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A young"ish" Buckminster Fuller and a flexible skin geodesic dome about the time he taught at Black Mountain College!

Please come over and see my comments and photos on my other blog "When I Was 69." And sometimes I have some ancestry information on the blog "Three Family Trees."

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Thursday, January 18, 2018

Isaac Norman 1765-1828

With all the ancestors I chase around (on my blog Three Family Trees, you'd think I would jump at the opportunity to link to a photo of a cemetery.

So how about one of the few in which I've found an ancestor of my own? I think I'll re-post some of the photos I took at that time, and share it on both my blogs!  Nothing like a triple whammy, er double!

This is my Sepia Saturday post for #402.

SEPIA SATURDAY 402 : 20 January 2018

Looking for Isaac Norman's grave...
on a trip up to Indiana a few years first stop was the wrong one...but pretty area in KY where his family lived once.  HERE

He left a will, which gives September as his date of death, but the tombstone says July.  See this blog for info about that!

Here's more from my blog about Shelbyville KY...a great little town! 

So here's the post where I actually found his headstone...I'll cut and paste it so you don't have to go to the link!
 Friday, May 1, 2015

I'm going to share my exciting adventure of finding the grave of my ancestor, Isaac Norman.  Who?

My mother's mother's mother's...oh you know lots of mother's back there.  Actually in my reckoning, which is the system I devised going back from my grandchildren as generation 1).   This Isaac Norman would be generation 10).  I am generation 3). So he's my 5th great grandfather!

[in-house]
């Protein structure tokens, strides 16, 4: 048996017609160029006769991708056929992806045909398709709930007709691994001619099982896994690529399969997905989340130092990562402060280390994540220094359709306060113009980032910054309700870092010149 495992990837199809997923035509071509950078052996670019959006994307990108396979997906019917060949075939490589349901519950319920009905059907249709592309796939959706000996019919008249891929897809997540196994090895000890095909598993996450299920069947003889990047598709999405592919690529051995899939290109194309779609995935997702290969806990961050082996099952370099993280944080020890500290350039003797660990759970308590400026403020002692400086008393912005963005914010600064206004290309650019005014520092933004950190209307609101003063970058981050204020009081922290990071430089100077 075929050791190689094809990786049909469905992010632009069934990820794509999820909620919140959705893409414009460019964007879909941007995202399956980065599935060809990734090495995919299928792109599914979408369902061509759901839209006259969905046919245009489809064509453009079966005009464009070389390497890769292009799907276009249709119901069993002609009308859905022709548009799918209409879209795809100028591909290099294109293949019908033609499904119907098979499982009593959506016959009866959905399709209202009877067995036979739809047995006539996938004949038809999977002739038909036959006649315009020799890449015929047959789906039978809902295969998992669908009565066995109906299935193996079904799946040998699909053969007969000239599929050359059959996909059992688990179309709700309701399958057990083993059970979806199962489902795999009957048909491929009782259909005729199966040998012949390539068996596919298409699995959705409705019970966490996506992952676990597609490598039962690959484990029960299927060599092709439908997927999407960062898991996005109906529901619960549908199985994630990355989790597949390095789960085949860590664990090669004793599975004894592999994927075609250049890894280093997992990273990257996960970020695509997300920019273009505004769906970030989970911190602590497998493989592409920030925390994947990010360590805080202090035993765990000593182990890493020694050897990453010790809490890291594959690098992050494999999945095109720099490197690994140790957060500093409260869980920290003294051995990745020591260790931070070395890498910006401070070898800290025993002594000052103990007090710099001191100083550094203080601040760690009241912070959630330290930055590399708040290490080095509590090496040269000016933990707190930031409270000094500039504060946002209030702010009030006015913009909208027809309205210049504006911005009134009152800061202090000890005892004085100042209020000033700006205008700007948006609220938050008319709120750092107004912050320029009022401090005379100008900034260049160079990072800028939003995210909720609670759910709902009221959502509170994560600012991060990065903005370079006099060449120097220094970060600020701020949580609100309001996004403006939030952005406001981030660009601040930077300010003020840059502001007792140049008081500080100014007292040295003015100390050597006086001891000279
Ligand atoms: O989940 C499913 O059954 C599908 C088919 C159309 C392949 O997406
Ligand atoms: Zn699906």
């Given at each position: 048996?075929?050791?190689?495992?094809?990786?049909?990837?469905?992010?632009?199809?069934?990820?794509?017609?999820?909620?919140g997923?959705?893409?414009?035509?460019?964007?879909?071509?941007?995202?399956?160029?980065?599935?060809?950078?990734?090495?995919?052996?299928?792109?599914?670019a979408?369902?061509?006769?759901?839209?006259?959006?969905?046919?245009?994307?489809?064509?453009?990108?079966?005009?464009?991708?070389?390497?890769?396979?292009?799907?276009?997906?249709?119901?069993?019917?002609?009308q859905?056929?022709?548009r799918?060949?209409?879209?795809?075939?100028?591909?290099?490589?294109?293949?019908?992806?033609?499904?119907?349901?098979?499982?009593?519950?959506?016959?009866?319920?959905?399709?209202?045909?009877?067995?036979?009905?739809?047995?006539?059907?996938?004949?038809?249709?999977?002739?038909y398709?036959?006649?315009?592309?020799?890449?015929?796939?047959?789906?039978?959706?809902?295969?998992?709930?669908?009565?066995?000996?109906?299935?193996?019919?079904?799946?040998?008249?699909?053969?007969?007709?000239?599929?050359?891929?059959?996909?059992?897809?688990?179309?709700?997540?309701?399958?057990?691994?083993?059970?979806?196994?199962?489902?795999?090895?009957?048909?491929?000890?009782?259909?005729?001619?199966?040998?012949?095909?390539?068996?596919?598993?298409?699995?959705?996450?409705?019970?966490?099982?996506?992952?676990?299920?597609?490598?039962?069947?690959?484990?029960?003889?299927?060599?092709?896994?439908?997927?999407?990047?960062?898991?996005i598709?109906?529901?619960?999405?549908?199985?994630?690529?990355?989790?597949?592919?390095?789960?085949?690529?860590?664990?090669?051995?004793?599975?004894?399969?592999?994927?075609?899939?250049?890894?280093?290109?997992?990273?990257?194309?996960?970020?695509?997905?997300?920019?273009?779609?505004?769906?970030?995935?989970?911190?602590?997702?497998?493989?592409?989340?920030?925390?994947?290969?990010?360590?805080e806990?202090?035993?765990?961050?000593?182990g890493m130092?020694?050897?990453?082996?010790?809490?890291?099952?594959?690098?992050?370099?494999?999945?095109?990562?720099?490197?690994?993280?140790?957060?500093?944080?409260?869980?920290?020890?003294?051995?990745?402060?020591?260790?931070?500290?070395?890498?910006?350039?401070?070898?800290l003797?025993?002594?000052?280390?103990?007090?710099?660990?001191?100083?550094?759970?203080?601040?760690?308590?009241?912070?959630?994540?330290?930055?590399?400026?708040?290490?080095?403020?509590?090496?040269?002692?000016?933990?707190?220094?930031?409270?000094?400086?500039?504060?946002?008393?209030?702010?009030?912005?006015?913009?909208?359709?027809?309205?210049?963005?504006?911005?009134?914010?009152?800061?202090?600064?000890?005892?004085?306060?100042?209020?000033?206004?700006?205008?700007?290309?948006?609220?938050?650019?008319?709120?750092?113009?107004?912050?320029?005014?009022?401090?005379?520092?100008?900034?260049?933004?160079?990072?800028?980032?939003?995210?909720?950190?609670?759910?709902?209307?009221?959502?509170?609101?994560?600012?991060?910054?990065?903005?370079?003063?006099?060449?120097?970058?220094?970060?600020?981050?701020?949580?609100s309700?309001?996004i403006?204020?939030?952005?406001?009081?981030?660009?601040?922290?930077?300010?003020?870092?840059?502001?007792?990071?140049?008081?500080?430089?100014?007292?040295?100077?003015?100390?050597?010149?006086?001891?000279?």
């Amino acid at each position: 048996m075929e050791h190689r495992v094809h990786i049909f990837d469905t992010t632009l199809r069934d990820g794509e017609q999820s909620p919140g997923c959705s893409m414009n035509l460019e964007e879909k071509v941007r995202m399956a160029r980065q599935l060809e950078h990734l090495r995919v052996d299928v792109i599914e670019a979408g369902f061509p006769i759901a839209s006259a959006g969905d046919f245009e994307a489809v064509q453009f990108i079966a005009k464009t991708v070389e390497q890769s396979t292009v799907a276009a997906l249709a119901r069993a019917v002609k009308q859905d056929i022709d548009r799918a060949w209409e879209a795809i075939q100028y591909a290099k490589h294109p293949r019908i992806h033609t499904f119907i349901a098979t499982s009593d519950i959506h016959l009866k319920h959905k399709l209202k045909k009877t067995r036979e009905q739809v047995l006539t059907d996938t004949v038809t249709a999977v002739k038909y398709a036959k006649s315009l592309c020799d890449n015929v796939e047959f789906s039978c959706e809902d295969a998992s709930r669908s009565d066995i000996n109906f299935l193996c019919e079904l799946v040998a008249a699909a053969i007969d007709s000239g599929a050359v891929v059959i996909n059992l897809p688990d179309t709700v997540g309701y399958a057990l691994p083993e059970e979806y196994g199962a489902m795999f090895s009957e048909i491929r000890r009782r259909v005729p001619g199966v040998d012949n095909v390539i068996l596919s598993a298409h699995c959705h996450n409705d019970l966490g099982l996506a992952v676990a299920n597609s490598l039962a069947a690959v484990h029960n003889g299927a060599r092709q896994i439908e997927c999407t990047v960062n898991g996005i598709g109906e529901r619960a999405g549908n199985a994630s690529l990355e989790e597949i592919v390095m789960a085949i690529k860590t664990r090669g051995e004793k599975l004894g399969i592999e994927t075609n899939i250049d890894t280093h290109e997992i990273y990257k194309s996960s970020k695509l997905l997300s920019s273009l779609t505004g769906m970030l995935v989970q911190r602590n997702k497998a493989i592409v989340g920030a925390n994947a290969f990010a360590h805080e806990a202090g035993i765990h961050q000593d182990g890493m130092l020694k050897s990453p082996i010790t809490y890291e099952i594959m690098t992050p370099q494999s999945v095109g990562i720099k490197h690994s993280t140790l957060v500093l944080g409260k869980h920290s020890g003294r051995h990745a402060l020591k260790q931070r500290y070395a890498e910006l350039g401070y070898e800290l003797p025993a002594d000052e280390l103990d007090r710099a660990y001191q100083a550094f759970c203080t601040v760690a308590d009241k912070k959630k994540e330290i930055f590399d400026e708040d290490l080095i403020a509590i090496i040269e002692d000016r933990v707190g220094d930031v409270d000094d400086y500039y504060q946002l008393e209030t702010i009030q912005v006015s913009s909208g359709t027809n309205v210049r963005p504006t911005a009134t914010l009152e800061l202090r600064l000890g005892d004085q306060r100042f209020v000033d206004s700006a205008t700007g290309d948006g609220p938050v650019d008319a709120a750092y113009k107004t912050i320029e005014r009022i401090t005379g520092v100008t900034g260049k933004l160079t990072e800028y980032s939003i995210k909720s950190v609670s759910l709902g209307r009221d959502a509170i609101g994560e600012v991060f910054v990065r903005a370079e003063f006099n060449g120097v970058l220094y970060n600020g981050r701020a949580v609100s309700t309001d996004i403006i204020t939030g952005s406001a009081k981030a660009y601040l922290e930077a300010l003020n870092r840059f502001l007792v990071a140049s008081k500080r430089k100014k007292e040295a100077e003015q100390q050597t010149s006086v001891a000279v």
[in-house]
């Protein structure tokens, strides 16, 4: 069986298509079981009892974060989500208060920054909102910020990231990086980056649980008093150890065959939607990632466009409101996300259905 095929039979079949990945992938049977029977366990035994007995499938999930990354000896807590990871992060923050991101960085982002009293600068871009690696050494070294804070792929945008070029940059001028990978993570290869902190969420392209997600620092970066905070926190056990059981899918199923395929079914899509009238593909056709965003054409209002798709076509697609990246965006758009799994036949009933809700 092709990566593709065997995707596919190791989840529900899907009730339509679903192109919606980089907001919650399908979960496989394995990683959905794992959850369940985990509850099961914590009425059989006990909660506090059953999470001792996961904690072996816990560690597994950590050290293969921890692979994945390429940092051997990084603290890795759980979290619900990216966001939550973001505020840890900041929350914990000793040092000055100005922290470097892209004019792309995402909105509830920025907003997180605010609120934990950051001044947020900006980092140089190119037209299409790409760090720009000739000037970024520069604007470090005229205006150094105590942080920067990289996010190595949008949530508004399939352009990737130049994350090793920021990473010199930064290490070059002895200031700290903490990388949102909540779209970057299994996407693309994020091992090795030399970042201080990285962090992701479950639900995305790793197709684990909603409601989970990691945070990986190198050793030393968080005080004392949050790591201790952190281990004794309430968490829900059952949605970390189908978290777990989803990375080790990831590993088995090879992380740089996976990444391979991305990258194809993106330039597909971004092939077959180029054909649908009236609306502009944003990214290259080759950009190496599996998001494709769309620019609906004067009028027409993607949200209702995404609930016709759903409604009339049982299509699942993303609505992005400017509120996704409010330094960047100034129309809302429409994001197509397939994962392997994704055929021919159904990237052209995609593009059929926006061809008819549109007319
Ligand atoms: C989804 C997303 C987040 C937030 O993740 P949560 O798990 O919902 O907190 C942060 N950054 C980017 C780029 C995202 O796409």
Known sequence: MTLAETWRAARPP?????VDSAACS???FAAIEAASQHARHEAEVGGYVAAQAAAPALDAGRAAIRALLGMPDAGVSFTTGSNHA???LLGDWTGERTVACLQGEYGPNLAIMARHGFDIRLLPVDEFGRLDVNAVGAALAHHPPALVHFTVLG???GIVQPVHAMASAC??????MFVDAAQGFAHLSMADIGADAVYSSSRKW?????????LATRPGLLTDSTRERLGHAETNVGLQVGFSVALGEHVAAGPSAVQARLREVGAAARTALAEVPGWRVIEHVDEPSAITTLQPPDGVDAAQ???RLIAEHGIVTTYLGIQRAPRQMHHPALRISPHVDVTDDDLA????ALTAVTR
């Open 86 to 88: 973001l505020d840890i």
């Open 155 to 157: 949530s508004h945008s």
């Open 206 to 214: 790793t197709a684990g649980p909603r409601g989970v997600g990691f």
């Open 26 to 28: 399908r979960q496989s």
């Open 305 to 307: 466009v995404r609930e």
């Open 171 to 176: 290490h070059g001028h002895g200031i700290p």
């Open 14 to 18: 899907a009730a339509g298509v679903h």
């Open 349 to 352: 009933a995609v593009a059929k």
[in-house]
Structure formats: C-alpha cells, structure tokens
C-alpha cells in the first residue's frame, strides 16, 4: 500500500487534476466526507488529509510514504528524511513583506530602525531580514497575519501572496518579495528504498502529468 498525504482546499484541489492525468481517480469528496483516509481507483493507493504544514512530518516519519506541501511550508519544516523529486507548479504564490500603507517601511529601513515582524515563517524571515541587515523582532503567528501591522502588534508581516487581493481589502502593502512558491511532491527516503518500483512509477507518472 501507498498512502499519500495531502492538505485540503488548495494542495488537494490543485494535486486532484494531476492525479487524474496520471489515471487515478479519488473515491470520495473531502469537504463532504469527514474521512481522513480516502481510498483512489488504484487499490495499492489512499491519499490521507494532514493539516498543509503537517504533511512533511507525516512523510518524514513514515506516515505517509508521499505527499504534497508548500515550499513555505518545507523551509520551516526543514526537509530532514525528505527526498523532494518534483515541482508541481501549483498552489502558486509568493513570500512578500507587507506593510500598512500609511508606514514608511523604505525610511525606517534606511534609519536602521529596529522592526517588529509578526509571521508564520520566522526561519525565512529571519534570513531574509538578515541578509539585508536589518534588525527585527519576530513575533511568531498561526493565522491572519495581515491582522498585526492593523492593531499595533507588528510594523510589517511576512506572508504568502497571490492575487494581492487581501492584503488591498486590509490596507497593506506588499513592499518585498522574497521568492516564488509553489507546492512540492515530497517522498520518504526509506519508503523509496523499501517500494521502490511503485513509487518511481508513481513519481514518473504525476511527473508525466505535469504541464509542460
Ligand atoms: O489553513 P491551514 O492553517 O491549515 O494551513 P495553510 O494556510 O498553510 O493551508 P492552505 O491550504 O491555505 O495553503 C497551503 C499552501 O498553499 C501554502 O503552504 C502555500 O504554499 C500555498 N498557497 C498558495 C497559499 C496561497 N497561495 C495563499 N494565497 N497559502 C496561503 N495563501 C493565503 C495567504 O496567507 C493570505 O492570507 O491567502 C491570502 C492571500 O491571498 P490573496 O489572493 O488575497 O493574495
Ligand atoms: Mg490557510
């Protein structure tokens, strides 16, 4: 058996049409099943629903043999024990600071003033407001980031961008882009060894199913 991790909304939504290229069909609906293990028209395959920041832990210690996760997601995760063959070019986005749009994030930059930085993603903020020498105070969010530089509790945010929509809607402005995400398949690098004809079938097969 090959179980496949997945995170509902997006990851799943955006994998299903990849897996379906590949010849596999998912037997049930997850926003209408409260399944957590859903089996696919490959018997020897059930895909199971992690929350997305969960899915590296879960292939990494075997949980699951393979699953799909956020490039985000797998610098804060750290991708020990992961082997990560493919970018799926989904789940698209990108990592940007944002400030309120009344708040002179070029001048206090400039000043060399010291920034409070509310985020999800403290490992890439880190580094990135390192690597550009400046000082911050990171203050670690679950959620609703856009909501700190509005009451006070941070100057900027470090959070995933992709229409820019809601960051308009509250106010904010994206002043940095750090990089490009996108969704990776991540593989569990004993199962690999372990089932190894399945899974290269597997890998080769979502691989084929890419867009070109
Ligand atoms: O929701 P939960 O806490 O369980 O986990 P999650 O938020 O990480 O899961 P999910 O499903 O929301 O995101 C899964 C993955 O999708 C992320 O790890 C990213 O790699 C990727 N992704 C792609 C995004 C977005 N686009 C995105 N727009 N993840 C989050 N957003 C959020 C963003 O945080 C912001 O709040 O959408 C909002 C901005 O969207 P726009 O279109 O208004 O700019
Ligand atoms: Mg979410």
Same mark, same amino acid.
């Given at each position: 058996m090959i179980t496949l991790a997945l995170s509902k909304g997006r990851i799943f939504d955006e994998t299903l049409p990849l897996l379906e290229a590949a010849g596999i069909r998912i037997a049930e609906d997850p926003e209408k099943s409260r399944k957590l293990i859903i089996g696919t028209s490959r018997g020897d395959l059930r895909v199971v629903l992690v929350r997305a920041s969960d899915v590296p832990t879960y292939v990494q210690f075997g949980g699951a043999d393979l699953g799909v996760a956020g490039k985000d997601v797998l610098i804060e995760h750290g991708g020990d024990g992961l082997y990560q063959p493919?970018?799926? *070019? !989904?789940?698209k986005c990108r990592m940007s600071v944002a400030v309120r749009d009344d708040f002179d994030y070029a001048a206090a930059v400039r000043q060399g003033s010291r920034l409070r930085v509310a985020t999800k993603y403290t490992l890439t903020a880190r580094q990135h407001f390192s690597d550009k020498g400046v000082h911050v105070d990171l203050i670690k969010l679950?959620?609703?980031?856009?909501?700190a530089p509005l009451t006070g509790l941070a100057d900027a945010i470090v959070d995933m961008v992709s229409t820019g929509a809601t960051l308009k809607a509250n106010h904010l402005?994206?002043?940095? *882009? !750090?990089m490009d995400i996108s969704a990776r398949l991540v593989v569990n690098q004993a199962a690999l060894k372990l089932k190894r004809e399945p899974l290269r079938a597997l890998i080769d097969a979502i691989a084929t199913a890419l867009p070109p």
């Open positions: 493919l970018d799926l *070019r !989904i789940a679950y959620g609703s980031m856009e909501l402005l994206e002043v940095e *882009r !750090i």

(12) Isaac Norman ( 5 Oct 1682 - 7 Apr 1748)
(11) Joseph Norman (1708-16 Feb 1784)
(10) Isaac Norman II (1735 - 1776)
(9) Mary Margaret (Polly) Norman Conn (23 Mar 1792 - 13 Dec 1833)
(8) Hannah Conn Booth (1818-1884)
(7) Richard R. Booth (1846-1879)
(6) Eugenia Booth Miller (1873-1936)
(5) Mozelle Miller Webb Munhall (1897-1960)
(4) Mataley Webb Rogers (1917-2003)
(3) Barbara Booth Rogers (1942- ?)

I've posted several times already about him, a veteran of the War of 1812, Here and Here, and HERE when trying to find his grave.

I also noted that I used to have his generation numbered incorrectly.  Oops.  It's my own system and somehow I jumped him back earlier.  SO hopefuly this is the right amount of generations removed.

And here is my story from last week's actual finding of his grave marker.  (I believe the monument was erected a while after his death, but I don't know when.)

There was no "google map available" when I got into the area of Elk Creek.  So I stopped at a convenience/gas store and asked the clerk.  Fortunately the woman behind me in line knew where the Elk Creek Baptist Church was to be found, off the Old Road on your left.  I went down the Old Road (which had a numeric designation) and it had a "y" and I took the right side, to find many new homes.  Not the Old Road obviously.  Going the other way, I soon saw a beautiful antebellum home through the trees.

And it was situated on Elk Creek!

The Elk Creek Baptist Church had a huge cemetery.

My thinking went that the original founders would be buried close to the church, and here was Isaac Norman's monument right next to the drive.

I left my flowers, and took a lot of pictures.

South face, Isaac Norman, born Aug 25, 1765, Died July 22, 1828
A different person's statistics were carved on each of the 4 faces of the monument.


West face, Hannah G. wife of Isaac Norman, born Apr 20, 1762, Died Feb 28, 1845
I had not expected to find 2 more names on the marker. Who were they?
 East face, Abner Norman, born Dec. 30. 1789, Died Jan. 2. 1856. "Blessed are the pure in heart, for they shall see God."
 and the other was...

North face, Frances, wife of Abner Norman, born Apr 4, 1788, died March 28, 1864
 Frances Northmore Redman was Abner's wife.  Her marker was really hard to read however.